It seems like this latest rally has momentum. But will the market ultimately go back and retest the lows?
The long-awaited U.S. government plan to rid banks of money-losing assets has injected some desperately needed optimism into Wall Street.
Judging by the 20 percent run-up in the benchmark S&P 500 index since its March 9 bear-market closing low, there appears to be a burgeoning consensus that some confidence maybe returning to the marketplace.
But considering a bottom has eluded the U.S. stockmarket since the fall of 2008, there remains plenty of concern the recent spurt of gains could yet again be another false dawn.
And investors have good reason to be gun shy. The CBOE Volatility Index, a key measure of fear in the market, remains highly elevated, above 40, and inside a range at which every other rally since January has failed.
“I keep looking at the Vix – and until it can break below 40 it says there’s still a lot of uncertainty out there,” comments Pete Najarian. "It used to be, we thought 30 was high."
"Given the many false starts in the equity market, VIX remains range-bound as investors aren't yet convinced that the recent rally is any different then the countermoves seen during the ongoing bear market, like the 25 percent rally in the S&P 500 from late November to mid-January," adds Frederic Ruffy, options strategist at WhatsTrading.com.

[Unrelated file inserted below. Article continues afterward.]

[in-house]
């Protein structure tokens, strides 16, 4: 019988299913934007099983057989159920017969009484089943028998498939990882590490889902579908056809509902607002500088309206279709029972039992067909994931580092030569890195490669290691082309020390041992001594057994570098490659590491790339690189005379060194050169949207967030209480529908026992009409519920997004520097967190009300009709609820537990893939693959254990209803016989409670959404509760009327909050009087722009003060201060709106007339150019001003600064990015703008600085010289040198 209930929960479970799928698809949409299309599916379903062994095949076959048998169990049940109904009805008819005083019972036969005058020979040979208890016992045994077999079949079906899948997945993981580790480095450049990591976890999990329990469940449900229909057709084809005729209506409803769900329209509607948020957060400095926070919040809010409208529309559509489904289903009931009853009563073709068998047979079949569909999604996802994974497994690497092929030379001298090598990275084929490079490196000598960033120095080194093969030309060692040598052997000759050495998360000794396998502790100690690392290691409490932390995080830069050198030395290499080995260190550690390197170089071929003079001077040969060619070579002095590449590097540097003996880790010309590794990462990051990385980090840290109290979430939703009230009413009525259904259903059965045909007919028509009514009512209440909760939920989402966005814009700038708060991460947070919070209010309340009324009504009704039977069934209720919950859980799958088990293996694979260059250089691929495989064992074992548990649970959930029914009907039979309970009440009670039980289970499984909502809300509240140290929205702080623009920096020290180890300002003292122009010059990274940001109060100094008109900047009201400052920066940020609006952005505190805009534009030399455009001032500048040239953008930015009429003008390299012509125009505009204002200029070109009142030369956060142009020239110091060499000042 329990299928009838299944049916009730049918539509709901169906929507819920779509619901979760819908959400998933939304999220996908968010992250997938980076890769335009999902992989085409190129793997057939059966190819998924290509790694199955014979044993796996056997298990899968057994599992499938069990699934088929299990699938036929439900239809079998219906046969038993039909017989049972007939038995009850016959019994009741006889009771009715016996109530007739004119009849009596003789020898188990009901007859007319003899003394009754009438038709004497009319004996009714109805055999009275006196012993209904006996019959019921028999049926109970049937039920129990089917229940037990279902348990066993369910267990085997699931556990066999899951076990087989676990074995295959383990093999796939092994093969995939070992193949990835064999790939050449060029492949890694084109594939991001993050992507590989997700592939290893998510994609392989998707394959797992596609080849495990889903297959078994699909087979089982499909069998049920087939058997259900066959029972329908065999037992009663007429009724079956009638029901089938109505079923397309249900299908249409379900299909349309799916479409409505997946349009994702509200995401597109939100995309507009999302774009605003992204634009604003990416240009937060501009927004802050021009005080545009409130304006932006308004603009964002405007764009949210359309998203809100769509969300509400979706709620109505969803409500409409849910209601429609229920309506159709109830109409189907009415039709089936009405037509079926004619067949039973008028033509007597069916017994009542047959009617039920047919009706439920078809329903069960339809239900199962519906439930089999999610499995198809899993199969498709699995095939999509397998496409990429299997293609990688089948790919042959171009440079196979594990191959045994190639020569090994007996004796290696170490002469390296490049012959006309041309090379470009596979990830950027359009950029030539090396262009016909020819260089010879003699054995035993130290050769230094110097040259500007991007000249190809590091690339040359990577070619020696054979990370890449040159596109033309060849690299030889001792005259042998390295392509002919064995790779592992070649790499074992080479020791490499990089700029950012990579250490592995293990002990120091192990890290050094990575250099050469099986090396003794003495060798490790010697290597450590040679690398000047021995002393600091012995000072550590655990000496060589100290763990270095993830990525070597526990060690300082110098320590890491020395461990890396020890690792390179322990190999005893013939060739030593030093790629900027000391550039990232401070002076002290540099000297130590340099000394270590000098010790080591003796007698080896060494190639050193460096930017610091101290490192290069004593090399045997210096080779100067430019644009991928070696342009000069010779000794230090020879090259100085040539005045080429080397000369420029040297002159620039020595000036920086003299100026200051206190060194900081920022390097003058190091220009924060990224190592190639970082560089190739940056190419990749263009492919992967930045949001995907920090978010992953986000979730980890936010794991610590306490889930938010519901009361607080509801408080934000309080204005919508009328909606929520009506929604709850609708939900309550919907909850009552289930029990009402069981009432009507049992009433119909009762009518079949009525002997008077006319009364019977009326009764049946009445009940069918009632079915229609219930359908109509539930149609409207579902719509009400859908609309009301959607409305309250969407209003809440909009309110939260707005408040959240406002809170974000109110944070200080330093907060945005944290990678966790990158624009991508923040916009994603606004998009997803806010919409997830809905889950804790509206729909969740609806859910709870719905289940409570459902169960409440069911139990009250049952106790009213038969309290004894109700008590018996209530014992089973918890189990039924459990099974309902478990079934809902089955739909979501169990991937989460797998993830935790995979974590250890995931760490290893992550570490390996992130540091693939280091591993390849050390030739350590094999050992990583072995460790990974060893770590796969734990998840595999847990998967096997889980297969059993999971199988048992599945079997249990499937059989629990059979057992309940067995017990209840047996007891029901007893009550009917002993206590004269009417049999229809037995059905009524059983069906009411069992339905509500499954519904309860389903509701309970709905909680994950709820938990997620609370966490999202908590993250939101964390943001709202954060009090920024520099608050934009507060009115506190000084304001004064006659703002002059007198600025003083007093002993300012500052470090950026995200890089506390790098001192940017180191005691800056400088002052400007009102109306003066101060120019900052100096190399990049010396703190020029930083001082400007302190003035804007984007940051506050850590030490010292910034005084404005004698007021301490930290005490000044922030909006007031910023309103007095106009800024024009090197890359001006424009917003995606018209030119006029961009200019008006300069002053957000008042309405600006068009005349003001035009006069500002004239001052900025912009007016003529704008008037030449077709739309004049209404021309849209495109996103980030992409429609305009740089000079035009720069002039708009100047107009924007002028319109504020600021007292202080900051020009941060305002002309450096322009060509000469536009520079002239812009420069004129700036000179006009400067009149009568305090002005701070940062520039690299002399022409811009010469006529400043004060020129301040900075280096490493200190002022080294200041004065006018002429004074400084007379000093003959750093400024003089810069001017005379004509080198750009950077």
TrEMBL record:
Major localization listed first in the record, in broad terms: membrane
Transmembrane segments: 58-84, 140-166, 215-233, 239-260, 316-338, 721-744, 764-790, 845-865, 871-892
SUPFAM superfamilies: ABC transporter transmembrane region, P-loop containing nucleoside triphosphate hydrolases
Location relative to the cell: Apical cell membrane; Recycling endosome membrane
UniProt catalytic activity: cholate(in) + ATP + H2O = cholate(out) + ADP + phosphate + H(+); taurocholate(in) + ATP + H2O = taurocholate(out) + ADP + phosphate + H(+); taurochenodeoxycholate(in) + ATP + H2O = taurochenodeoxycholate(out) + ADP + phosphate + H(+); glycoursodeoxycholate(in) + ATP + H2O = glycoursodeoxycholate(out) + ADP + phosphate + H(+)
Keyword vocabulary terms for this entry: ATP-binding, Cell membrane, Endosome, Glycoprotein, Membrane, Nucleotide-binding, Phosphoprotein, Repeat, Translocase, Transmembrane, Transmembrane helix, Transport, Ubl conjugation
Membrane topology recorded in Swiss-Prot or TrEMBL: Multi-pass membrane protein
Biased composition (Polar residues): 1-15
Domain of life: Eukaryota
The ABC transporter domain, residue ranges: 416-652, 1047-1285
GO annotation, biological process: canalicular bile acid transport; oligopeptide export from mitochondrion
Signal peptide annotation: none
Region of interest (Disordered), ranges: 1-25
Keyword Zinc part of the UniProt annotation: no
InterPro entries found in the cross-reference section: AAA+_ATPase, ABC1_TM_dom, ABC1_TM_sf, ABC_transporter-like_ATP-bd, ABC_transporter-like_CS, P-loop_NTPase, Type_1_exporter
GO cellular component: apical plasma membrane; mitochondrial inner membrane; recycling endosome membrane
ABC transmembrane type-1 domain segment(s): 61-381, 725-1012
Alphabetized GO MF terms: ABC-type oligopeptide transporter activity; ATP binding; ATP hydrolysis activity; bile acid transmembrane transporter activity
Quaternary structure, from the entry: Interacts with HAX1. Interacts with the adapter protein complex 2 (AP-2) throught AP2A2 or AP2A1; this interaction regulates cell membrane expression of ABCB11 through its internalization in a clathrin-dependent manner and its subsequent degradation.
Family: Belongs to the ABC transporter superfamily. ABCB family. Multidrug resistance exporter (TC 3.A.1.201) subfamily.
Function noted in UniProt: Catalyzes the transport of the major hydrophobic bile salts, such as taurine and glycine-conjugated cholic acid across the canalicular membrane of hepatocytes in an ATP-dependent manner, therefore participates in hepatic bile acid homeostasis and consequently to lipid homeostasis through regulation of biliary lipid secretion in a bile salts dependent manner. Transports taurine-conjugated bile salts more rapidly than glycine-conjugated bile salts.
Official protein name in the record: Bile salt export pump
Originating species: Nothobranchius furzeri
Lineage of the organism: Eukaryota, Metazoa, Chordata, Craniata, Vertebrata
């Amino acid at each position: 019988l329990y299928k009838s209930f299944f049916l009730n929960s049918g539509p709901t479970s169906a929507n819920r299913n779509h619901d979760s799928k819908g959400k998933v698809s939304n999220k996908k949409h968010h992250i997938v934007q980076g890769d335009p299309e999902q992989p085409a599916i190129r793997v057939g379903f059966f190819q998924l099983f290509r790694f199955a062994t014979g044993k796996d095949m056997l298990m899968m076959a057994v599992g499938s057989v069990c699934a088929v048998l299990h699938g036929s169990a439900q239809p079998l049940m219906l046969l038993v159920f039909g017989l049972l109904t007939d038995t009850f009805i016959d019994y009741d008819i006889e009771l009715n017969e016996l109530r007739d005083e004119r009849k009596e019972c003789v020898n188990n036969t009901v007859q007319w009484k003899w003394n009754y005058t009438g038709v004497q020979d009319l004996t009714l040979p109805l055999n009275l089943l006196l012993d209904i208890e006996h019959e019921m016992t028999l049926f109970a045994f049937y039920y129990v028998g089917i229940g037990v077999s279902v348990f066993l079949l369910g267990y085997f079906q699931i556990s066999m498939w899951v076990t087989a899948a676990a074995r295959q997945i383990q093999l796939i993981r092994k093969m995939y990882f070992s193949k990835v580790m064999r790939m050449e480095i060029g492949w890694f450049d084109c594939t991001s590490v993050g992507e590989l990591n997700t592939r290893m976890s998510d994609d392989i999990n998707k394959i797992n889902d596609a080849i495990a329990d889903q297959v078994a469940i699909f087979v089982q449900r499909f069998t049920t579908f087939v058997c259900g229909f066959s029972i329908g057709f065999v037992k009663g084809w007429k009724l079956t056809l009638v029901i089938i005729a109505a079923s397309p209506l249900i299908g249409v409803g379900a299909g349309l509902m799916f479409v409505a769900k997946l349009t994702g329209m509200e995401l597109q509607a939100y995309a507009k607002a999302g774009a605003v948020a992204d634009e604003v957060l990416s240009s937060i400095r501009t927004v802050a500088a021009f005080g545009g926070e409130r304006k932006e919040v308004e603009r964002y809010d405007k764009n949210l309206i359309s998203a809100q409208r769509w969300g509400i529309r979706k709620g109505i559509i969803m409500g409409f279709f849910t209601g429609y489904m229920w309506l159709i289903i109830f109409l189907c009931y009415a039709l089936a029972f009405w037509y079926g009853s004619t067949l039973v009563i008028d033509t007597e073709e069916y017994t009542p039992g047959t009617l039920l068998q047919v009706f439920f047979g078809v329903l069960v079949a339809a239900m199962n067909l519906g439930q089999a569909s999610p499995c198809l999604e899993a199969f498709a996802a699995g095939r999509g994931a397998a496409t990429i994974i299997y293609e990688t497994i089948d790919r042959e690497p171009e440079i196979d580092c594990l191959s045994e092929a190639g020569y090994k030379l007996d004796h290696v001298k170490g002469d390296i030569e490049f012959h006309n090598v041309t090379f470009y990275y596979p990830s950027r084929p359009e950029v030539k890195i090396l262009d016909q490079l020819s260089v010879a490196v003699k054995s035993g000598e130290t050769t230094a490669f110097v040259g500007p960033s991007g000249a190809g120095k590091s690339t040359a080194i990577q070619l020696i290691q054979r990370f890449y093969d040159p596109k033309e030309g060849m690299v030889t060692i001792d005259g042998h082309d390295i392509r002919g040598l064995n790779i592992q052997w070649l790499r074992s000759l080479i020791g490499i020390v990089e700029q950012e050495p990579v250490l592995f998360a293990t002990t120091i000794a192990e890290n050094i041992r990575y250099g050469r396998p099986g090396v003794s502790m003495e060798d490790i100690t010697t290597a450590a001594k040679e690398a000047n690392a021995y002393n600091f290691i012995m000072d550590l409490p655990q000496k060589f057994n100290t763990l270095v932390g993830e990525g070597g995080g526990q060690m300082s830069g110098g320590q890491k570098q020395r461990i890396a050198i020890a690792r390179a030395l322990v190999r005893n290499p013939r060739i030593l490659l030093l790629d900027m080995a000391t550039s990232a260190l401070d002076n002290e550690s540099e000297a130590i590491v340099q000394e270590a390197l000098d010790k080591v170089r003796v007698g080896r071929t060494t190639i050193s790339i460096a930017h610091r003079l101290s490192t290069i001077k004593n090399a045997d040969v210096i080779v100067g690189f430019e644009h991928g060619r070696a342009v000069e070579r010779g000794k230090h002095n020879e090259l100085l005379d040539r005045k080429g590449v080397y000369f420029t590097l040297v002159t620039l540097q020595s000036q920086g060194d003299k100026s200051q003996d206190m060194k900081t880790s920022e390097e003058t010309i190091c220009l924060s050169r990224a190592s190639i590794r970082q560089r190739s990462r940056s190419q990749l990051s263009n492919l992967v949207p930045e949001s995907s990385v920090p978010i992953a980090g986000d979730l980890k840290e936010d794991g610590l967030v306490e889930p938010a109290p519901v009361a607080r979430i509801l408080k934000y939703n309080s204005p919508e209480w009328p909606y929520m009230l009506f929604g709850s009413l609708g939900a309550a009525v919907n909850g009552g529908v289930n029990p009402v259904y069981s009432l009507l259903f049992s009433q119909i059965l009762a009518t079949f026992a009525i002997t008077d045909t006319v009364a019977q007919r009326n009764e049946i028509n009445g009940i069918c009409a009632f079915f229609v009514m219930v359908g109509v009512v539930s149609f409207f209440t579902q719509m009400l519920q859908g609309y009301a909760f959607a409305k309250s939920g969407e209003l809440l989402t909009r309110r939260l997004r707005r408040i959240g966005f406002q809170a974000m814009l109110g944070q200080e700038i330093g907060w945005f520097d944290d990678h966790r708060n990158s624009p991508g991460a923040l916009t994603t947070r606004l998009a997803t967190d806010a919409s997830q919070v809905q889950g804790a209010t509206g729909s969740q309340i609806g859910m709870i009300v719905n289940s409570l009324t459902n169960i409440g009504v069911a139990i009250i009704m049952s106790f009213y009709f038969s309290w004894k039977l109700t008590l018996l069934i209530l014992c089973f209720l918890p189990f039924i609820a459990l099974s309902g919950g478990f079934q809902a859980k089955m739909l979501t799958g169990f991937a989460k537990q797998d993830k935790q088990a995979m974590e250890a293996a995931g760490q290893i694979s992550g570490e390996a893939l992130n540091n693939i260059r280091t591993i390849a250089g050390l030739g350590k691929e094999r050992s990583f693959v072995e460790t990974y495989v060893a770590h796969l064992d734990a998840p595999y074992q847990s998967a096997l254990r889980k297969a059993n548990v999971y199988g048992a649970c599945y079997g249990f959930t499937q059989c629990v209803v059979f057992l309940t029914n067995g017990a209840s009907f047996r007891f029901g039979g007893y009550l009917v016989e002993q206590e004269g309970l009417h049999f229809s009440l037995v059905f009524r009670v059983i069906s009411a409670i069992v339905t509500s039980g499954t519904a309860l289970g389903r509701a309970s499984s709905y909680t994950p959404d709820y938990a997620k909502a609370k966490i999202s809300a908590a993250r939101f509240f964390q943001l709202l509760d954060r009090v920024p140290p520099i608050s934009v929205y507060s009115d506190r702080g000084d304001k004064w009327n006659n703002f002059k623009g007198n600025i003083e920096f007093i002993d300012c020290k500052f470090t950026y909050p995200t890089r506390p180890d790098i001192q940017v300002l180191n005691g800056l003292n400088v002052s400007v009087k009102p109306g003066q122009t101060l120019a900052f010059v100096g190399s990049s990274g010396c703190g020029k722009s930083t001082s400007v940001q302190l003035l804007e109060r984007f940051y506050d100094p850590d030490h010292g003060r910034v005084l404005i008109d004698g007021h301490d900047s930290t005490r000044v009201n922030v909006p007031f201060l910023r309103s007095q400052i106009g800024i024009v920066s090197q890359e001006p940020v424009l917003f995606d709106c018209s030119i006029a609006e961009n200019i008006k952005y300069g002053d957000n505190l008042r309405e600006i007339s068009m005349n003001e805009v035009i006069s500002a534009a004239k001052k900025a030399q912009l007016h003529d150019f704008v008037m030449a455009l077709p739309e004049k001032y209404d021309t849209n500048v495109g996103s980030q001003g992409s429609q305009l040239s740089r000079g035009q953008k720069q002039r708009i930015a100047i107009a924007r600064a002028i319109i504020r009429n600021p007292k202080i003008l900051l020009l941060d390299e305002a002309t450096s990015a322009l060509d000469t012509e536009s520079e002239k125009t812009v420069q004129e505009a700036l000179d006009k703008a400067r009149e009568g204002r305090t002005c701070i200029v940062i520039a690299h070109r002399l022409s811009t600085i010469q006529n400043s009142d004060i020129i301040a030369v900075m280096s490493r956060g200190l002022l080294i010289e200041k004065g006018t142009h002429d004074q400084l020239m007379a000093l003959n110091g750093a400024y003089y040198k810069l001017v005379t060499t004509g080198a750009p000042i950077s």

Even so, the magnitude and the pace of the market's recent run-up in just 10 trading sessions, has some market watchers hopeful that Wall Street could add to recent gains.
"We think there is a very good chance that the lows are in place for the stock market," counters Bruce Bittles, chief investment strategist at Robert W. Baird & Co in Nashville, Tennessee.
"Bear markets end when they start deciding to go up in the midst of continuing and probably worsening news, says Michael Williams, chief investment strategist at Tocqueville Asset Management.
“Once we know we can continue to see poor news be greeted with either much less selling or a rally, then capital is telling you it has priced-in a worst case scenario."
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Trader disclosure: On Mar. 25th, 2009, the following stocks and commodities mentioned or intended to be mentioned on CNBC’s Fast Money were owned by the Fast Money traders; Adami Owns (AGU), (C), (GS), (INTC), (MSFT), (NUE), (BTU); Macke Owns (AAPL), (POT), (WMT), (MOS), (GE), (SDS); Macke Is Short (BRK.b); Seymour Owns (AAPL), (BAC), (FXI), (TTM), (AUO), (WBD); Najarian Owns (C) Call Spread;Najarian Owns (AGN) Call Spread; Najarian Owns (AAPL) Call Spread: Najarian Owns (BX) Call Spread: Najarian Owns (GD) Call Spread: Najarian Owns (MS) Call Spread: Najarian Owns (PALM) Calls; Najarian Owns (RHT) Calls; Najarian Owns (XHB) Call Spread; Najarian Owns (SWY) Calls; Najarian Owns (XLI); Najarian Owns (STX) Calls; Najarian Owns (WDC) Call Spread
CNBC.com with wires